5140 Legendary Dr., Suite 100, Frisco, TX 75034

972-867-9507 972-867-9507

Murphy Medical Clinic
345 West FM 544, Ste 100, Murphy, TX 75094

972-578-7700 972-578-7700

Sreeram Gonnalagadda, MD

469-850-1432 469-850-1432

Our Providers

Sreeram Gonnalagadda, MDBook Online
Vijay Sharma, MD
Tara Christie-Martin, APRN, AGNP-C
Book Online
Sreeram Gonnalagadda, MD Book Online
Vijay Sharma, MD Diagnostic Partners of North Texas

Kidney Disease

Kidney Tumors

The human body has two kidneys that filter blood of waste and excrete it out of the body as urine. When abnormal growth of kidney cells occurs it is called a kidney tumor. The tumor may be limited to its origin, or may affect the entire organ and spread to the neighboring tissues and lymph vessels. Smoking, hypertension, obesity and a family history of kidney cancer may increase the risk of developing cancerous cells.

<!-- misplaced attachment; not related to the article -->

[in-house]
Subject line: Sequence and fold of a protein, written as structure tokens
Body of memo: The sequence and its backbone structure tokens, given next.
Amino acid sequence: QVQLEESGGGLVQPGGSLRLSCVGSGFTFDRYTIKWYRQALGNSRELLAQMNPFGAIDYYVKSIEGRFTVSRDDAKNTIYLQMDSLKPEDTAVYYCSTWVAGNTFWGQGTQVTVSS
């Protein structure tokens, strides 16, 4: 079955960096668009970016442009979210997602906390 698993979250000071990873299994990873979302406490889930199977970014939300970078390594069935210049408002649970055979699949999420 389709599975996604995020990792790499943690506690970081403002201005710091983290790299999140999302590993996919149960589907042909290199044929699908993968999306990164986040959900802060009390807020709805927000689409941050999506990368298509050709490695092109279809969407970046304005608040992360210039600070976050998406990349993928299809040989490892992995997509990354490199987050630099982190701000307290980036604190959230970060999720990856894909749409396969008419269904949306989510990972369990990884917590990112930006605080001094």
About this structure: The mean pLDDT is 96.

Tumors of the kidney may not produce symptoms immediately, but may be detected during the evaluation of another problem or during a regular check-up. The spread of the tumor into the neighboring organs causes symptoms such as blood in the urine, fever, anemia and tiredness, high blood calcium and blood pressure. Depending on the organ it spreads to, kidney cancer can cause other related symptoms.

Tumors of the kidney and the extent of spread can be confirmed using blood tests and imaging tests such as ultrasound scan, magnetic resonance imaging (MRI), and X-rays. Early diagnosis helps doctors design the best treatment. Treatment may include surgery (to remove the tumor), radiotherapy (use of radiation to kill cancer cells), immunotherapy (use of medications to stimulate the immune system to fight cancer cells) or a combination of treatments.